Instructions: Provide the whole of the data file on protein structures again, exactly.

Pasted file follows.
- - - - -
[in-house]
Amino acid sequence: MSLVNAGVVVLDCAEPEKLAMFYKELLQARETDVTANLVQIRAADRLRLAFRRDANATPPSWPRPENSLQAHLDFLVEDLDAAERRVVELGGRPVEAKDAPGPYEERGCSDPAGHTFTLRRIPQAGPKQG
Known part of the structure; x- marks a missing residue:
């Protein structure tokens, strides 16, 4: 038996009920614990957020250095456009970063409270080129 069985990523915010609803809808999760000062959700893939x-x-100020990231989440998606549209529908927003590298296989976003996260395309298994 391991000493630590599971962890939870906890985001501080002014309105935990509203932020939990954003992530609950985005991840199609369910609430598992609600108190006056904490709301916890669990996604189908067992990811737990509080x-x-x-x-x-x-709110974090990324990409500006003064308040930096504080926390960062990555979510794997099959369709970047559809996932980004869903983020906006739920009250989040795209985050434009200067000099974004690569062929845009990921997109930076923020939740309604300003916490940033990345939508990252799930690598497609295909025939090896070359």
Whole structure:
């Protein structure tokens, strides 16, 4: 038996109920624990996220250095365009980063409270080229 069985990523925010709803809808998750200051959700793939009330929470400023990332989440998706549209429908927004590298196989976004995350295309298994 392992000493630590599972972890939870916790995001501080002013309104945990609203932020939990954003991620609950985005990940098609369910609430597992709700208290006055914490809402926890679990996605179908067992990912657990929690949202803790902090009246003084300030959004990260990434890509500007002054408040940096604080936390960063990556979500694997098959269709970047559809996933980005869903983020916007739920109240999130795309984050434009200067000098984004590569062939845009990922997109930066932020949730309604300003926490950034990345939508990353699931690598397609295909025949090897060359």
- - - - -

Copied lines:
[in-house]
Amino acid sequence: MSLVNAGVVVLDCAEPEKLAMFYKELLQARETDVTANLVQIRAADRLRLAFRRDANATPPSWPRPENSLQAHLDFLVEDLDAAERRVVELGGRPVEAKDAPGPYEERGCSDPAGHTFTLRRIPQAGPKQG
Known part of the structure; x- marks a missing residue:
């Protein structure tokens, strides 16, 4: 038996009920614990957020250095456009970063409270080129 069985990523915010609803809808999760000062959700893939x-x-100020990231989440998606549209529908927003590298296989976003996260395309298994 391991000493630590599971962890939870906890985001501080002014309105935990509203932020939990954003992530609950985005991840199609369910609430598992609600108190006056904490709301916890669990996604189908067992990811737990509080x-x-x-x-x-x-709110974090990324990409500006003064308040930096504080926390960062990555979510794997099959369709970047559809996932980004869903983020906006739920009250989040795209985050434009200067000099974004690569062929845009990921997109930076923020939740309604300003916490940033990345939508990252799930690598497609295909025939090896070359």
Whole structure:
């Protein structure tokens, strides 16, 4: 038996109920624990996220250095365009980063409270080229 069985990523925010709803809808998750200051959700793939009330929470400023990332989440998706549209429908927004590298196989976004995350295309298994 392992000493630590599972972890939870916790995001501080002013309104945990609203932020939990954003991620609950985005990940098609369910609430597992709700208290006055914490809402926890679990996605179908067992990912657990929690949202803790902090009246003084300030959004990260990434890509500007002054408040940096604080936390960063990556979500694997098959269709970047559809996933980005869903983020916007739920109240999130795309984050434009200067000098984004590569062939845009990922997109930066932020949730309604300003926490950034990345939508990353699931690598397609295909025949090897060359």